BoT: Low in­come curb­ing re­cov­ery


Soft pur­chas­ing power caused by lower house­hold in­come in both the farm and non-farm sec­tors has hin­dered a broad-based eco­nomic re­cov­ery, says a se­nior of­fi­cial at the Bank of Thai­land.

Pur­chas­ing power, par­tic­u­larly for peo­ple in the low-in­come seg­ment, was still weak in Fe­bru­ary as house­hold in­come fell from a year ear­lier, said Don Nako­rn­thab, se­nior di­rec­tor for macroe­co­nomic and mon­e­tary pol­icy.

Even though the sup­ply of agri­cul­tural prod­ucts in­creased in Fe­bru­ary, crop prices, es­pe­cially oil palm and rub­ber, de­clined by 40-50% on the same pe­riod a year ago, he said.

Farm in­come has con­tracted since the sec­ond half of last year, and non-farm in­come, ex­clud­ing mid-in­come earn­ers and salaried work­force, also plunged.

“The eco­nomic re­bound re­mained un­even and do­mes­tic con­sump­tion was still weak,” Mr Don said. “We need to con­tin­u­ously mon­i­tor the sit­u­a­tion. The Mon­e­tary Pol­icy Com­mit­tee’s re­cent state­ment also said that it is a struc­tural prob­lem. How­ever, pri­vate con­sump­tion is ex­pected to im­prove and is ex­pected to reach 3.3% this year.”

Pri­vate con­sump­tion in Fe­bru­ary rose by 2.5% year-on-year, a slower pace than Jan­uary’s 5.5%.

The rate-set­ting com­mit­tee ear­lier this week raised its eco­nomic growth out­look to 4.1% in 2018 from 3.9% pre­dicted in De­cem­ber, but it left the pol­icy rate un­changed at 1.5% to ac­com­mo­date eco­nomic growth.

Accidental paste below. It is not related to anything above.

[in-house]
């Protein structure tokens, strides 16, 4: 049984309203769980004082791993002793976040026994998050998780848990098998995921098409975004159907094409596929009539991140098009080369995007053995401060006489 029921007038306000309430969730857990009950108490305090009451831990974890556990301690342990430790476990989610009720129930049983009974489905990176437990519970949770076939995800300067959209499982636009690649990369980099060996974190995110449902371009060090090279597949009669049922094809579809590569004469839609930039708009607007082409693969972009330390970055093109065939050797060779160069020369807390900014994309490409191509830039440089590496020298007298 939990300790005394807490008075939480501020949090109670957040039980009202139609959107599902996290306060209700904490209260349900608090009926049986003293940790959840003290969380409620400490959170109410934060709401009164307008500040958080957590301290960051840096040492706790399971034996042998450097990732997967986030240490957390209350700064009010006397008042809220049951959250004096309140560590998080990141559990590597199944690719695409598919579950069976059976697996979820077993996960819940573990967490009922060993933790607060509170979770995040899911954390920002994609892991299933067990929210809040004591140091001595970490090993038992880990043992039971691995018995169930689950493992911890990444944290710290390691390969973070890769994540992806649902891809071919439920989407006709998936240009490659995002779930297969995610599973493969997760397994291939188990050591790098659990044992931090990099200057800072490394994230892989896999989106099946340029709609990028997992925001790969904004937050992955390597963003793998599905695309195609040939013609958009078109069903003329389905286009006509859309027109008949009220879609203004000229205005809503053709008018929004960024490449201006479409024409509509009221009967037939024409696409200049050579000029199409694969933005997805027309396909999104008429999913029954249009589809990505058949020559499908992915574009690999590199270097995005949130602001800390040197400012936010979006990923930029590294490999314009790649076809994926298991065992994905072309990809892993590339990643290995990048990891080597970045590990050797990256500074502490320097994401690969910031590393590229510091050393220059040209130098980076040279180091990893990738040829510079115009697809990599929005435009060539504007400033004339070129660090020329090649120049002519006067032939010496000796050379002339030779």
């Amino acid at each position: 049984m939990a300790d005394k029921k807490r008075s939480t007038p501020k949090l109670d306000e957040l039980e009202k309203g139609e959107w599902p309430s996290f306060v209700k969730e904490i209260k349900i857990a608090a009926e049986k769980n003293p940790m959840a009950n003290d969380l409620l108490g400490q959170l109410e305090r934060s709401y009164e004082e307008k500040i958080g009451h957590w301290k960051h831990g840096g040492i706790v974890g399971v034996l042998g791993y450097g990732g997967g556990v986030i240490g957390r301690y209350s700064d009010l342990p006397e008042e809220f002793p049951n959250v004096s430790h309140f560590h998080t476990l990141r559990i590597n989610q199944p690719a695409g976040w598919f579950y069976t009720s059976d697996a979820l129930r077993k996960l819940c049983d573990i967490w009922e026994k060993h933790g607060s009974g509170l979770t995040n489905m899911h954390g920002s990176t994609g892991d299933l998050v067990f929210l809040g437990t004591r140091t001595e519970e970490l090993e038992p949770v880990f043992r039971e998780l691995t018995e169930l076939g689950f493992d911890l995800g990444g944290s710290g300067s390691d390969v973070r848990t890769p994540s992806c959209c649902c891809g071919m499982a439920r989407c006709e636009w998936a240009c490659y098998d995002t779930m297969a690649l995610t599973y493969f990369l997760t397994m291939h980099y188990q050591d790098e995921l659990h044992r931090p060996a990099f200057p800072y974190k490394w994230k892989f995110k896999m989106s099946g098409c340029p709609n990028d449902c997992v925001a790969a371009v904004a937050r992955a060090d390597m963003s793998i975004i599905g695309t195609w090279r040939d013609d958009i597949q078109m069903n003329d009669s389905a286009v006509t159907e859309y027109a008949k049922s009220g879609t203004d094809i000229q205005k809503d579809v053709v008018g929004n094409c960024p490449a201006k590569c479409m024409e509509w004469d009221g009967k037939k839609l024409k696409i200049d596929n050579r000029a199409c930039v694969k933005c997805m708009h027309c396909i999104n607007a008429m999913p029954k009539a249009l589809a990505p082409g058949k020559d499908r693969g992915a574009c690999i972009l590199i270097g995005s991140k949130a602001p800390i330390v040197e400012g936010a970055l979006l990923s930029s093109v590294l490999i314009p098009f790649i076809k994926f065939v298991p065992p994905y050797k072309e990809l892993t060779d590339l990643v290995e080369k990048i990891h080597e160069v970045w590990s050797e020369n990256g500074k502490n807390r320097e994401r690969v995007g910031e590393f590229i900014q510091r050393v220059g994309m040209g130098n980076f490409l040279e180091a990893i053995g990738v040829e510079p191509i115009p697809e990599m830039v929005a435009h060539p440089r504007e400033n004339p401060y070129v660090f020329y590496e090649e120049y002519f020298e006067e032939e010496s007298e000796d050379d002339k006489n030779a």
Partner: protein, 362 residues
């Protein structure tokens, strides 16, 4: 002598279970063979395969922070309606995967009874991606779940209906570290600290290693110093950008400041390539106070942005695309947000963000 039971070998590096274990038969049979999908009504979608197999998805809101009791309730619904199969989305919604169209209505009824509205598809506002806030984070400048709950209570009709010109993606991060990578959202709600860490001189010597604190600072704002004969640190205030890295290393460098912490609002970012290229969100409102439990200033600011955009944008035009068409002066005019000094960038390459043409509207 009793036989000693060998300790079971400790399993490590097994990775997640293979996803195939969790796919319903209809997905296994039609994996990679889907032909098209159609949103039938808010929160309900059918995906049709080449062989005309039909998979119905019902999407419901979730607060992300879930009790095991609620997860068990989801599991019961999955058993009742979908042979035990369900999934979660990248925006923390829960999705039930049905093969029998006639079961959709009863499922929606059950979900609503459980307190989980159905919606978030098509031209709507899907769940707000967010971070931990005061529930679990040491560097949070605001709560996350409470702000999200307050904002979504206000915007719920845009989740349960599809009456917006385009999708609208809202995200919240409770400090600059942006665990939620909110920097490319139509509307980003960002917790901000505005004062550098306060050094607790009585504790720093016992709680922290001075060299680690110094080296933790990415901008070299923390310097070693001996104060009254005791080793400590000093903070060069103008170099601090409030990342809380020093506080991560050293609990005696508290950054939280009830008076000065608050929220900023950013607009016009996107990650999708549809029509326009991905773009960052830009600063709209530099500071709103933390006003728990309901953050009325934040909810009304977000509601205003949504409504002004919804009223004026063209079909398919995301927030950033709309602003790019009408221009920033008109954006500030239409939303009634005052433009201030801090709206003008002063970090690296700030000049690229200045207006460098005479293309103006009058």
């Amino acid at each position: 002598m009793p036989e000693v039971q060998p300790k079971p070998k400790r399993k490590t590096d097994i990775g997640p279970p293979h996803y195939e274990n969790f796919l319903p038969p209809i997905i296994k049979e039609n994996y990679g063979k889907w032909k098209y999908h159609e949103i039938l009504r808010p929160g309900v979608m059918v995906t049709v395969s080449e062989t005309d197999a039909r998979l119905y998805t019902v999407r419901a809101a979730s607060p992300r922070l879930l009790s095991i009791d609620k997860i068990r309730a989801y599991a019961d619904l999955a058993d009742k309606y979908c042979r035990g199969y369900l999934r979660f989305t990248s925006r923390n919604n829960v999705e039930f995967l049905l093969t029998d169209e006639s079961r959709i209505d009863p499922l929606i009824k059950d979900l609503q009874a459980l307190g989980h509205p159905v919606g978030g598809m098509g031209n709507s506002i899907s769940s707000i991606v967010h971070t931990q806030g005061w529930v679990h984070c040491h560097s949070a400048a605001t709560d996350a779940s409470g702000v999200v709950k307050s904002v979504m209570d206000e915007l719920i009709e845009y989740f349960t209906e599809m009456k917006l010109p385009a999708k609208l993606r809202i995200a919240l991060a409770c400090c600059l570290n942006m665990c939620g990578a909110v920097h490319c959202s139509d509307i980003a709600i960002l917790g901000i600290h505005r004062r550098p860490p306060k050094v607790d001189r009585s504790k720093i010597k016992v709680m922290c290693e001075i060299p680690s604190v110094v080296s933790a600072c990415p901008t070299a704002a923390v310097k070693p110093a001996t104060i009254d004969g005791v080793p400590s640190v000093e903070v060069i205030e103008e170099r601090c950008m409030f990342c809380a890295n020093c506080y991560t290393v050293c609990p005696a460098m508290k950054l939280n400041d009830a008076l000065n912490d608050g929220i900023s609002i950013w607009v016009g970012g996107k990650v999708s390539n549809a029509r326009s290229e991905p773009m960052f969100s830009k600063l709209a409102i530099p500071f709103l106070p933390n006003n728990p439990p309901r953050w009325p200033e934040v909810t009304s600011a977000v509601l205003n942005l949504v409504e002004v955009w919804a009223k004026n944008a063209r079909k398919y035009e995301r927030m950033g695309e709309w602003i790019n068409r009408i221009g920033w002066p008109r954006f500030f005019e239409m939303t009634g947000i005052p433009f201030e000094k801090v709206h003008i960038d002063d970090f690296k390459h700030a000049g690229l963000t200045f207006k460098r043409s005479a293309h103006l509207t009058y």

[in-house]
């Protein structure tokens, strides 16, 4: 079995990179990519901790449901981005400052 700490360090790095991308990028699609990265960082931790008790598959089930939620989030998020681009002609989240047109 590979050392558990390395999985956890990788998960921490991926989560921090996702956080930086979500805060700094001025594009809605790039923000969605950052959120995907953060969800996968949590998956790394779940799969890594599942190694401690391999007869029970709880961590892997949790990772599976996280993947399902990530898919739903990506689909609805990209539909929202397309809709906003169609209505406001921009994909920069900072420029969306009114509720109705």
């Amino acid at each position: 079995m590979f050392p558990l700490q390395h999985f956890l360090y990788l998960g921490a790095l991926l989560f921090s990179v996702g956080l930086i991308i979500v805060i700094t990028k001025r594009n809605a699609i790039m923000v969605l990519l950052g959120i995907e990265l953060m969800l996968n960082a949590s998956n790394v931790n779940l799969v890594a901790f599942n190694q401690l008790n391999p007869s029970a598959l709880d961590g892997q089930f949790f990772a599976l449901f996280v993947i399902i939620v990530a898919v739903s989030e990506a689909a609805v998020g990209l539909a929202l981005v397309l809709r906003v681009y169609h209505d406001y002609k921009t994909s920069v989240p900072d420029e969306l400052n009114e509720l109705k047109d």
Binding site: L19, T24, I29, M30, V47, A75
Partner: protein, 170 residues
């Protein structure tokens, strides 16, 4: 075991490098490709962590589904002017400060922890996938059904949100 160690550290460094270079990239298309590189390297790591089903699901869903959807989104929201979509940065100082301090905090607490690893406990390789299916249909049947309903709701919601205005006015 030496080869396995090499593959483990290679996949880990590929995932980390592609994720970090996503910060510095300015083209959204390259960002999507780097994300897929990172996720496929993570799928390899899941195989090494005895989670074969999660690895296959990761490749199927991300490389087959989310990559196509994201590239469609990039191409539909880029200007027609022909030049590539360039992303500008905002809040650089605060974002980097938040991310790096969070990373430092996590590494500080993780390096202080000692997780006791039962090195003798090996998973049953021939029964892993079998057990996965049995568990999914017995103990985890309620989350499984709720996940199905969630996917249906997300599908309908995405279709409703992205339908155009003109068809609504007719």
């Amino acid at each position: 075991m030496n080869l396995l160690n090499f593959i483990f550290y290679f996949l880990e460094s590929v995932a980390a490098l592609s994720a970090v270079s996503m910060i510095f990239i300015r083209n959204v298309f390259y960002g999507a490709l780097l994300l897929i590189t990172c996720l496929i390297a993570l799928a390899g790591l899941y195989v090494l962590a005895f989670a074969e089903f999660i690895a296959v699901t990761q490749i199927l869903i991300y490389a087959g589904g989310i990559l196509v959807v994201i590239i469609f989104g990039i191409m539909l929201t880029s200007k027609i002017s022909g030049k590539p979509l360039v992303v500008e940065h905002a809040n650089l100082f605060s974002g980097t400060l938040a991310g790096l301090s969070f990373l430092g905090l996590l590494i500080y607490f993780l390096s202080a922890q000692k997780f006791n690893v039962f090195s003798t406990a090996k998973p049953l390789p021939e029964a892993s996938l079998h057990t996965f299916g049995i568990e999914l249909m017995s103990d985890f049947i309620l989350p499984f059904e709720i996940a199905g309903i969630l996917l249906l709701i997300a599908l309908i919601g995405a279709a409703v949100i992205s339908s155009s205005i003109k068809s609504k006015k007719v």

Mr Don was quick to calm jit­ters, say­ing farm prices would im­prove in the sec­ond half and help farm in­come move back into pos­i­tive ter­ri­tory this year.

More­over, the gov­ern­ment’s wel­fare and sub­sidy scheme for poverty and mea­sures to aid low-in­come seg­ments will be a boon to pur­chas­ing power and do­mes­tic con­sump­tion in the fu­ture, he said.

The econ­omy con­tin­ued to ex­pand in Fe­bru­ary, pro­pelled largely by strong ex­ports and tourism.

On the do­mes­tic front, ro­bust growth was ob­served in all com­po­nents, namely pri­vate con­sump­tion, pri­vate in­vest­ment and pub­lic spend­ing.

Con­tin­ued ex­pan­sion in both ex­ter­nal and do­mes­tic de­mand con­trib­uted to the growth of man­u­fac­tur­ing out­put.

For the re­main­der of the year, in­ter­nal driv­ers are ex­pected to play a greater role while ex­ter­nal driv­ers will be less im­pact­ful, Mr Don said, adding that state and pri­vate con­sump­tion will im­prove an the kick-start of state in­vest­ment will prompt pri­vate in­vest­ment.

“We’re quite con­fi­dent that the coun­try’s econ­omy will come in at 4.1% growth as fore­cast or 4% on av­er­age each quar­ter, though global trade re­mains un­cer­tain and could take a toll on ex­ports,” he said.

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